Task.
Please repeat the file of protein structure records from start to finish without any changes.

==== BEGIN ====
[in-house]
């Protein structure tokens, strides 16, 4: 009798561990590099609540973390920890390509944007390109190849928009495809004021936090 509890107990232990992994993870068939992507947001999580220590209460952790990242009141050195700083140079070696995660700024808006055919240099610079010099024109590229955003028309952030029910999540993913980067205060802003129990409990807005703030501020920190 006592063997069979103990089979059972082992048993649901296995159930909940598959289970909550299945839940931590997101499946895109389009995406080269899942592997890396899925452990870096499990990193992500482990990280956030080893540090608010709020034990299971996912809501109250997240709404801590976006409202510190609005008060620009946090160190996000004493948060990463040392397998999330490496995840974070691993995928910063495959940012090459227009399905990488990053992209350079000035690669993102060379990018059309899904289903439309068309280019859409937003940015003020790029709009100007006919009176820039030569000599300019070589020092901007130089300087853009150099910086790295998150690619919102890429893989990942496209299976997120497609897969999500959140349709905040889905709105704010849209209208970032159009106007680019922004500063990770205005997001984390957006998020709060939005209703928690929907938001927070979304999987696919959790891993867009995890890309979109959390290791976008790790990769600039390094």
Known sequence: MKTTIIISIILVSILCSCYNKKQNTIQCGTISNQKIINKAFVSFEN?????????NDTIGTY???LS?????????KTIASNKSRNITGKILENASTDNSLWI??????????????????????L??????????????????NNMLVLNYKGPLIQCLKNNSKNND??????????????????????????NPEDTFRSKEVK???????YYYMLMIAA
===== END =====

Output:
[in-house]
């Protein structure tokens, strides 16, 4: 009798561990590099609540973390920890390509944007390109190849928009495809004021936090 509890107990232990992994993870068939992507947001999580220590209460952790990242009141050195700083140079070696995660700024808006055919240099610079010099024109590229955003028309952030029910999540993913980067205060802003129990409990807005703030501020920190 006592063997069979103990089979059972082992048993649901296995159930909940598959289970909550299945839940931590997101499946895109389009995406080269899942592997890396899925452990870096499990990193992500482990990280956030080893540090608010709020034990299971996912809501109250997240709404801590976006409202510190609005008060620009946090160190996000004493948060990463040392397998999330490496995840974070691993995928910063495959940012090459227009399905990488990053992209350079000035690669993102060379990018059309899904289903439309068309280019859409937003940015003020790029709009100007006919009176820039030569000599300019070589020092901007130089300087853009150099910086790295998150690619919102890429893989990942496209299976997120497609897969999500959140349709905040889905709105704010849209209208970032159009106007680019922004500063990770205005997001984390957006998020709060939005209703928690929907938001927070979304999987696919959790891993867009995890890309979109959390290791976008790790990769600039390094």
Known sequence: MKTTIIISIILVSILCSCYNKKQNTIQCGTISNQKIINKAFVSFEN?????????NDTIGTY???LS?????????KTIASNKSRNITGKILENASTDNSLWI??????????????????????L??????????????????NNMLVLNYKGPLIQCLKNNSKNND??????????????????????????NPEDTFRSKEVK???????YYYMLMIAA